In 1994, surgery landed Jean in a wheelchair. I worried for her. It wouldn’t stop her writing, but I knew she would miss the traveling, tracing the steps in her stories, or going off to speak to teachers and librarians around the country. I should have known better. Jean figured out how to get where she needed to go, once persuading a flight attendant carry her up the small flight of stairs into the cabin of a commuter airline.
One of Jean’s most rewarding adventures was when she was traveling with a young anthropologist friend, Sabra, who lived in Washington, D.C. They were driving through Virginia to see the countryside where the mysterious Roanoke might have been for her book The Lost Colony of Roanoke. Suddenly Jean spotted what looked like an archeological dig with people at work in the fields below. They stopped and Sabra went down to inquire. When they heard that Jean was writing about Roanoke, up the men came to carry Jean in her wheelchair down to the site. There the archeologist explained that they too were looking for clues from Roanoke’s past. As he sifted through the sand, he uncovered a gold ring, obviously very old. He placed it in Jean’s hand. She couldn't keep it, of course, but she felt “sure” that it had been a part of the Roanoke colony.
My visits to work with Jean in Dobbs Ferry, New York, where she and Michael lived for over 50 years, gave me an amazing picture of the life of Jean Fritz. On a wall of shelves were leatherbound volumes of her children’s books. A handsome ginger jar stood on the mantel over the fireplace. It was one of a pair that had been given to a young Chinese couple at their wedding. The husband, Mr. Hu, was a colleague and friend of Jean’s father. When it was time for the family to go home to America, Mr. Hu wanted them to have one of the jars to put on their mantel. Each would look at their ginger jar and remember good friends. Nearby was a framed black cutout silhouette of Jean with her mother and father, created when they lived in China. The walls leading upstairs were filled with original illustrations by Margot Tomes, Tomie dePaola, Trina Schart Hyman, Hudson Talbott and others. On one visit Jean put in my hands a red brick she had just brought home from John Hancock’s house in Boston.
Today Jean lives in a retirement complex overlooking the Hudson River, where many of those original illustrations and mementos have moved with her. The silhouette of her family hangs over Jean’s bed.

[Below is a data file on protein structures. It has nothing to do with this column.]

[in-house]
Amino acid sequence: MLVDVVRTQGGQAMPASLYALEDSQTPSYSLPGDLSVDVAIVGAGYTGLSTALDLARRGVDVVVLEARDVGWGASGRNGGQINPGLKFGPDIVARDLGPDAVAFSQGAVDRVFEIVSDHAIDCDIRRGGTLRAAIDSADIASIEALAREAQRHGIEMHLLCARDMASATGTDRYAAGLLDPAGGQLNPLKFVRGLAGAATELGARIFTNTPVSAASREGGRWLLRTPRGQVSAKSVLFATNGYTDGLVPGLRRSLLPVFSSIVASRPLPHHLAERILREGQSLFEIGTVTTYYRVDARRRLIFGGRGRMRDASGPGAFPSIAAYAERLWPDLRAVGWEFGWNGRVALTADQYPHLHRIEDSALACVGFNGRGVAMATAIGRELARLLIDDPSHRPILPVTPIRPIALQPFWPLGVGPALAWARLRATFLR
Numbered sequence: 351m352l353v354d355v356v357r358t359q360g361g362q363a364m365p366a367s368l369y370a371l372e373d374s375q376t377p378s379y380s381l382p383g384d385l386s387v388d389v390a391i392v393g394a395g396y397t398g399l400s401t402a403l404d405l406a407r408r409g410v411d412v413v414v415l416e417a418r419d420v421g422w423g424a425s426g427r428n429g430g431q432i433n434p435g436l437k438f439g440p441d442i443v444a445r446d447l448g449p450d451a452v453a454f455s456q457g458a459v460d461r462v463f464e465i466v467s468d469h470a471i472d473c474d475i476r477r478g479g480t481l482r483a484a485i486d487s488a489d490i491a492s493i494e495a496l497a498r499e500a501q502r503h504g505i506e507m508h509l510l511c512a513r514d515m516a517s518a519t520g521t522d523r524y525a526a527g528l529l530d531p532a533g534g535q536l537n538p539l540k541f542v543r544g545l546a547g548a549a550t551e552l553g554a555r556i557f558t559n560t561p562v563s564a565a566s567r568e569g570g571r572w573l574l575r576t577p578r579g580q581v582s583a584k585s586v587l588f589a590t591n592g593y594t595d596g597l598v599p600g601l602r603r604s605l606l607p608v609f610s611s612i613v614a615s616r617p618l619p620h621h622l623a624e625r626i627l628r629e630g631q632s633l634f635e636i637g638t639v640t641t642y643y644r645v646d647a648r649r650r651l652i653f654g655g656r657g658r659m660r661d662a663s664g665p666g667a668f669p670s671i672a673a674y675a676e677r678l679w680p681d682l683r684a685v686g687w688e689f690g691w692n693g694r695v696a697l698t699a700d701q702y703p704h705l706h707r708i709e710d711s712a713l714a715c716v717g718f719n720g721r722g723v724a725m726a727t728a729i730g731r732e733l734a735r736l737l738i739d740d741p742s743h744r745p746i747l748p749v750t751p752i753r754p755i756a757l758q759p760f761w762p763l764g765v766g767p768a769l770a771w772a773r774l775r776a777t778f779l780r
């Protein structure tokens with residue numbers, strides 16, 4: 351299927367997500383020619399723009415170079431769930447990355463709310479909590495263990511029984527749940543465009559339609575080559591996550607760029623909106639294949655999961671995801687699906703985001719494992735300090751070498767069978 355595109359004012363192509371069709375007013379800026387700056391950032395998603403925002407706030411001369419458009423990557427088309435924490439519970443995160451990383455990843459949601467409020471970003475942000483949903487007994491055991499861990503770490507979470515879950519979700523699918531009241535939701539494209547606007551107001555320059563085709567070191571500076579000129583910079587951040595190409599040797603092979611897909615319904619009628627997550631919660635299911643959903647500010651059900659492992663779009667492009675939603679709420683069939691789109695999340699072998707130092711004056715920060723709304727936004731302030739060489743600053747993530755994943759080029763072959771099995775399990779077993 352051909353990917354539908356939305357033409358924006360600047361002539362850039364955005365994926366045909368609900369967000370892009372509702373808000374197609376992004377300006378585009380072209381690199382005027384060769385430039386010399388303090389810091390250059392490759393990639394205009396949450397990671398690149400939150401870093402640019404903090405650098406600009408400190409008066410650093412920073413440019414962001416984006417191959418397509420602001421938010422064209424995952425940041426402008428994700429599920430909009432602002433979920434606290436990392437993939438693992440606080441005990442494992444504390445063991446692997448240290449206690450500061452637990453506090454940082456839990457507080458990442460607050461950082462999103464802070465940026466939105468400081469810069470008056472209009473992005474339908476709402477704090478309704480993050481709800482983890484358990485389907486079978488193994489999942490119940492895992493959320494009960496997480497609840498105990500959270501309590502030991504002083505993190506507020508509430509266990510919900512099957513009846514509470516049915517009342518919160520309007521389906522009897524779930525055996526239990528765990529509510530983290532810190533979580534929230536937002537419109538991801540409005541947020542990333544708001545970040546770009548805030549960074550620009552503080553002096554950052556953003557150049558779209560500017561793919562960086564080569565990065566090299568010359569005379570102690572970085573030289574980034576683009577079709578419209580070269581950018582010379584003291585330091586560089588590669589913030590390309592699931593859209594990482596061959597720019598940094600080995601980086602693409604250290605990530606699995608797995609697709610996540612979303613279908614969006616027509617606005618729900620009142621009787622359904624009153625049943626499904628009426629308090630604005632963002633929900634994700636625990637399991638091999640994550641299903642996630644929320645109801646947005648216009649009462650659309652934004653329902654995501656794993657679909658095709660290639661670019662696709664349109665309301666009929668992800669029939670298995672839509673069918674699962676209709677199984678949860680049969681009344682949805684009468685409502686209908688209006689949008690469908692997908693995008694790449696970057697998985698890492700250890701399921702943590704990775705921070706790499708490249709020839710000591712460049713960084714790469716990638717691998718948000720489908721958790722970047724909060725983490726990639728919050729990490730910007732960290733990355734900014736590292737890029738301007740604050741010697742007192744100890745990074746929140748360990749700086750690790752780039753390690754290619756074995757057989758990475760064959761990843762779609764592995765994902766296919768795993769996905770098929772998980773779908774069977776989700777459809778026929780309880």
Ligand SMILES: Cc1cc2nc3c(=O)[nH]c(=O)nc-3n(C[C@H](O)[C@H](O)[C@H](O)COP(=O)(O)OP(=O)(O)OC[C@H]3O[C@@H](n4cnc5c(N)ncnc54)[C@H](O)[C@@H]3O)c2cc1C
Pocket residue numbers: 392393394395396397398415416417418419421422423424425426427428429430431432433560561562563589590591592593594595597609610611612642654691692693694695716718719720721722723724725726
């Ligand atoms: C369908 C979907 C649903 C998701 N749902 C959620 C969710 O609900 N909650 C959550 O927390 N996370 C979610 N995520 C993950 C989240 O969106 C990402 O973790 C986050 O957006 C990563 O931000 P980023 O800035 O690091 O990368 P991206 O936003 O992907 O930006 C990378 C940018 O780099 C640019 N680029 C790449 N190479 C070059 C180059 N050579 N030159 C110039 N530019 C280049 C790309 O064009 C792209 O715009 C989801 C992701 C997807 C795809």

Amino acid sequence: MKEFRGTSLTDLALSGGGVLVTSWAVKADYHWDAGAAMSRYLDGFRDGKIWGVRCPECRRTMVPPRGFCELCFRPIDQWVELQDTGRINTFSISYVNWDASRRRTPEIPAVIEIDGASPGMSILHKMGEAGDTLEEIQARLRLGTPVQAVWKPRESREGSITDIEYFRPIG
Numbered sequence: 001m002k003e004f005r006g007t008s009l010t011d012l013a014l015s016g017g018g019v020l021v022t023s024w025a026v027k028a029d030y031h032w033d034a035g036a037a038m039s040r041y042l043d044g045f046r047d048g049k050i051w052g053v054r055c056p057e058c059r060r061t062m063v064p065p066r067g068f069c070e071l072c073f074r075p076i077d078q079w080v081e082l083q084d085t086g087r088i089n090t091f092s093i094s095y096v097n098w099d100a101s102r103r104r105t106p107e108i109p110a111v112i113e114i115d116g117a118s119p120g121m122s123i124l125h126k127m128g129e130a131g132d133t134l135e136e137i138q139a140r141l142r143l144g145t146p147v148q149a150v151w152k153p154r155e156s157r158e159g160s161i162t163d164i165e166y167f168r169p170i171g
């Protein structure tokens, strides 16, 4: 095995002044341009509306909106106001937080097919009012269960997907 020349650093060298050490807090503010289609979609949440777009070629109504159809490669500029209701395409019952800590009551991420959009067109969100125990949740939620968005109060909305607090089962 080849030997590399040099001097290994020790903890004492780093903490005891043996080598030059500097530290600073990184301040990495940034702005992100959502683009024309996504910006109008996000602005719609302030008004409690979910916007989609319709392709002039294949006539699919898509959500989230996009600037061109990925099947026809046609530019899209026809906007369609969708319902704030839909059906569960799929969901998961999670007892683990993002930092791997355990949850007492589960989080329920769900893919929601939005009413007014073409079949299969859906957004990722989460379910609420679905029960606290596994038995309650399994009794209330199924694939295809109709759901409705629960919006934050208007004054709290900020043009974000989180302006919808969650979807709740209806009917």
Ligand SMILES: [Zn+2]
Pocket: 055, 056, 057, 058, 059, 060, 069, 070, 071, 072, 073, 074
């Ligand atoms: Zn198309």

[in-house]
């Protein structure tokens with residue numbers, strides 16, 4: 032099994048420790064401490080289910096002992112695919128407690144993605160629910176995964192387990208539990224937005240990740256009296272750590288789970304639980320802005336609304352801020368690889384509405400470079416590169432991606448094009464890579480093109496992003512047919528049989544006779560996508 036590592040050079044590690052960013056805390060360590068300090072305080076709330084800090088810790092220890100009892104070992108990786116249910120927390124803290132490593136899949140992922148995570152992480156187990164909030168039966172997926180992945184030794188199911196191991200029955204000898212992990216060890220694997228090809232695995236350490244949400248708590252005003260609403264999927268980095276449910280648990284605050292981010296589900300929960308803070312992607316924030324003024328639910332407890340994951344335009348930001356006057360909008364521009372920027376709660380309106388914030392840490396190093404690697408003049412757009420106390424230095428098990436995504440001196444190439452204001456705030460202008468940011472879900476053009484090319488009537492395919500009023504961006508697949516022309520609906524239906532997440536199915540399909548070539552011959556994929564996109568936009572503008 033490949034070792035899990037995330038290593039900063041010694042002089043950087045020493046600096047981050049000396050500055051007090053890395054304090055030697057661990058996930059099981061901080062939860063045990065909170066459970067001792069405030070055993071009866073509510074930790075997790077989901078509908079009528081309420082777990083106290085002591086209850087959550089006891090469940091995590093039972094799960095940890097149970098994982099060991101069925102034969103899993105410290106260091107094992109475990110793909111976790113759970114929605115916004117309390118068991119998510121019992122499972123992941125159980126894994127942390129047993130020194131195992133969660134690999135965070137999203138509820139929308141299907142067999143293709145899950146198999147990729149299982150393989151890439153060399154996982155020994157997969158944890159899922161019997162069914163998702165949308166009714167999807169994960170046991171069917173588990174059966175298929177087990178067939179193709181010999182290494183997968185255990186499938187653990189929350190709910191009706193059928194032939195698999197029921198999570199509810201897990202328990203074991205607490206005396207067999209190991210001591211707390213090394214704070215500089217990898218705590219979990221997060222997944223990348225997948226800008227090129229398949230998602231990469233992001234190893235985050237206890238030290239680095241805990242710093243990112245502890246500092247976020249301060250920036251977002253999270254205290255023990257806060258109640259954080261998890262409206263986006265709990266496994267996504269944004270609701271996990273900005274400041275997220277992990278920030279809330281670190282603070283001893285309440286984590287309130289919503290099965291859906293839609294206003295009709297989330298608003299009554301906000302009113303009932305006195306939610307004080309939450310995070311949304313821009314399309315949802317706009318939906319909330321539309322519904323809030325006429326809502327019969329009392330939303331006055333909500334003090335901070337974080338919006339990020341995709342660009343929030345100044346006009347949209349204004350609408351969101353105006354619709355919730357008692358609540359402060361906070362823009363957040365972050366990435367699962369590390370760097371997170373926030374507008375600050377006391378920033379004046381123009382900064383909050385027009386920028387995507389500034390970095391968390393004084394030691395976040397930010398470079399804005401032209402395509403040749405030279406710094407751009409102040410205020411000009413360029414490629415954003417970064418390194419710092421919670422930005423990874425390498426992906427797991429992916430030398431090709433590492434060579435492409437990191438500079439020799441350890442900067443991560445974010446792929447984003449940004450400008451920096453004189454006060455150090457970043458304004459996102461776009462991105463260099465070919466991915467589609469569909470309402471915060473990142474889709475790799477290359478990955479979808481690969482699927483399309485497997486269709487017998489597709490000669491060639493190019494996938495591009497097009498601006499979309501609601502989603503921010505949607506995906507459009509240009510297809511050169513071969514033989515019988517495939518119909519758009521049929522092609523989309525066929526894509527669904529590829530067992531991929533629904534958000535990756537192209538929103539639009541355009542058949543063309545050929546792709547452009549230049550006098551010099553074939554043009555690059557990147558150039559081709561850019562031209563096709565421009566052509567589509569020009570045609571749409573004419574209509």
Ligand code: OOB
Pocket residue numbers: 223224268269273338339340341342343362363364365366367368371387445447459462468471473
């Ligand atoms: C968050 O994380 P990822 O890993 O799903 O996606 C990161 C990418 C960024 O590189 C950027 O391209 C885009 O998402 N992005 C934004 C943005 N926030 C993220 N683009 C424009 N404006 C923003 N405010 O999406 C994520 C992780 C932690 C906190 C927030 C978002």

When I went to visit Jean for the first time in her new home four years ago, I walked in and saw that look of excited anticipation when Jean has something wonderful to tell me. She had found the subject for her next book. “Who?” I asked. “Alexander Hamilton,” she said, smiling. “Do you like him?” I asked. “Oh, yes,” she answered and I knew Alexander had already found a friend.
Jean spent many months reading and making notes. She couldn’t go to the library as she normally would, but Andrea was always there to find the book she needed or to type up new pages every week. Jean still writes her first draft in longhand just as she always has.
Jean began sending me a few chapters at a time. An exciting narrative unfolded starring a brilliant, complex young man “of great contradictions,” whose life revolved around the country’s fight for independence and the founding of a republic. As I read, I felt as if I were watching a dramatic and exciting series and I couldn’t wait for the next “installment.” I knew that Hamilton’s story would end with his duel with Aaron Burr, killing him at the young age of 49. It didn’t take away from the suspense. As always, Jean knew just the right stories to tell that would keep young people turning the pages.
As I think back to glorious moments in Jean’s career, many of which I had the good fortune to share, I see, in my mind’s eye, Jean, sitting in the oval office of the White House in November 2003, as the Fritz family and I watched the President of the United States place a National Humanities Medal around Jean’s neck. Our country doesn’t have a tradition, as a handful of countries do, of designating living people from different walks of life as a “Living National Treasure.” I wish we did, for Jean would surely be one of them. But this day came close.
That evening, when we sat down to dinner to celebrate the medal and Jean’s birthday, we asked what the President had said when he leaned over to speak just to her. “Jean, are you ready? Shall we do it?” he had asked, smiling. “Yes, Mr. President,” she had answered. “After all,” she told us with a twinkle in her eye,” when would I ever get to say those words?” And so began a long evening of toasts and laughter with our “living national treasure.”
Happy birthday, Jean Fritz!